Injecting false positions could be much more fun. I know it has been done in the lab, but I'm not sure it has been demonstrated in the field.
We've got a couple of GPS signal generators at work which give a spoofed fix at a range of literally 3-5cm. Which is frustrating in the extreme. A 100 foot range would be brilliant and the fact we don't have it makes me think it's very hard to acheive or illegal. It can't be a problem of signal level because as we know the signal levels are tiny - below the noise.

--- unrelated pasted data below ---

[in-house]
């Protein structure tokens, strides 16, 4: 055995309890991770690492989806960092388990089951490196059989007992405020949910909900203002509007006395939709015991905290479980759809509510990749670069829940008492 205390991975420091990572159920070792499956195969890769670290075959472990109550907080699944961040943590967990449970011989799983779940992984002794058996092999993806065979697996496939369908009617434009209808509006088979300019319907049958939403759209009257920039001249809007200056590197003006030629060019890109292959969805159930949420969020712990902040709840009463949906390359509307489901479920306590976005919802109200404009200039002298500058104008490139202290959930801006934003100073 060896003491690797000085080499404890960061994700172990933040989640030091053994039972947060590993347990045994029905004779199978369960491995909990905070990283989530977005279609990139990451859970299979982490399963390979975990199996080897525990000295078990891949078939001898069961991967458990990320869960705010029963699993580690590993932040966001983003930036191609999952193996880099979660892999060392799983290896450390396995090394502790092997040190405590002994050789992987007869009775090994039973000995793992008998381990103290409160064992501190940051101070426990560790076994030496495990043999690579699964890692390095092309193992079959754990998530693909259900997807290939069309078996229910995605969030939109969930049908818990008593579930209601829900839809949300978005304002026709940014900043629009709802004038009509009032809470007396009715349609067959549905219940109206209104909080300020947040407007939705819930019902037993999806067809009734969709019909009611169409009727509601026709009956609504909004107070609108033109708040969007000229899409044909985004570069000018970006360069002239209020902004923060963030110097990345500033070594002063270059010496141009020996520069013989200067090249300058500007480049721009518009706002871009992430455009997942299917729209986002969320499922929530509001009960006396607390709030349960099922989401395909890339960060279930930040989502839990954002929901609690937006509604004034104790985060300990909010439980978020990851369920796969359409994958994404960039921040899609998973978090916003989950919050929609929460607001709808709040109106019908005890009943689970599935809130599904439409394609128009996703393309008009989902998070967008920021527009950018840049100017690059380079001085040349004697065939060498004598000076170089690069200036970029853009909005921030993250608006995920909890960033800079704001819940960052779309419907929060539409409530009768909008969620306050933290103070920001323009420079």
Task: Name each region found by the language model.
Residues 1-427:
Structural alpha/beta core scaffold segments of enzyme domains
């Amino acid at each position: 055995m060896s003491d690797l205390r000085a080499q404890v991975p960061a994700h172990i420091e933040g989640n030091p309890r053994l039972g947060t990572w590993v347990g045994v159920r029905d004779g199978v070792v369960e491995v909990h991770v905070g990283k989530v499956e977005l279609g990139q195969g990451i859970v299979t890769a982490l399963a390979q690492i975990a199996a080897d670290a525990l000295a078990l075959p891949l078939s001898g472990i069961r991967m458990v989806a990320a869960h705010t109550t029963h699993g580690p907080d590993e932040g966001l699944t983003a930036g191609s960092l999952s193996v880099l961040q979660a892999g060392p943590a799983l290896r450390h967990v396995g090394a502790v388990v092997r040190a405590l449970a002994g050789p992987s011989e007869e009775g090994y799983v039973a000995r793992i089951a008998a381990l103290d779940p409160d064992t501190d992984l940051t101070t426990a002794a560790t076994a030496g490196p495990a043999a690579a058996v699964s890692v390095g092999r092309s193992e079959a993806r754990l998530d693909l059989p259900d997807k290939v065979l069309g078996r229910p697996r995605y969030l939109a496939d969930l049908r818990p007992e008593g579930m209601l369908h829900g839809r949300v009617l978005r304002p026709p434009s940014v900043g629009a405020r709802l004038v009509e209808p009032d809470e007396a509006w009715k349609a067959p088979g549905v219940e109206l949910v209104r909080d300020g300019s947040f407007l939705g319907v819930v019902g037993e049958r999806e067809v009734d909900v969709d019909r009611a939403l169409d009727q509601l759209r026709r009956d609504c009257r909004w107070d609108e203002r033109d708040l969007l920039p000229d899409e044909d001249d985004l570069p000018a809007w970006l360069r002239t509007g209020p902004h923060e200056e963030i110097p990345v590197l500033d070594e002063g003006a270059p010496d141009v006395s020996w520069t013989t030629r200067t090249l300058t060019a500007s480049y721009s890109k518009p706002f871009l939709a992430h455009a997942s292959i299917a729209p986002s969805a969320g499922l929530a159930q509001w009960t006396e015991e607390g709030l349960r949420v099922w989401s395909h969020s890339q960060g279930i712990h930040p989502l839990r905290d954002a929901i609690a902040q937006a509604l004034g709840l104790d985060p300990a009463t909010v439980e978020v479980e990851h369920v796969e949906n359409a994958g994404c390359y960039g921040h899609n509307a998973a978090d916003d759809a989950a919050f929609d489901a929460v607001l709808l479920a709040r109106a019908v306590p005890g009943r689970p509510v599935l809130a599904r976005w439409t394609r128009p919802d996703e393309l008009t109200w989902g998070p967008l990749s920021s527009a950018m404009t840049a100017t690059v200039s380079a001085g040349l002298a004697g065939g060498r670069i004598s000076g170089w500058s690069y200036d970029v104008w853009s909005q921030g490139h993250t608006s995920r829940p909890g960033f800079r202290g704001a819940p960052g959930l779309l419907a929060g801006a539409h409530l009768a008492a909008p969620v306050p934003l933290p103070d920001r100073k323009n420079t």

Personally, I think spoofing a credible moving position on a vessel would be impossible unless you had feedback from the vessel. Spoofing a time and date on a fixed station in a bank might be easy if you had the range but surely these numbers are sanity checked with a local quartz clock and/or an clocks in other locations?
I find the idea of ships getting lost in the Thames Estuary or hitting each other in the channel because of lost or innacurate GPS laughable. They have radar and eyes. I wonder if David Last is touting for business of some kind with a shock story?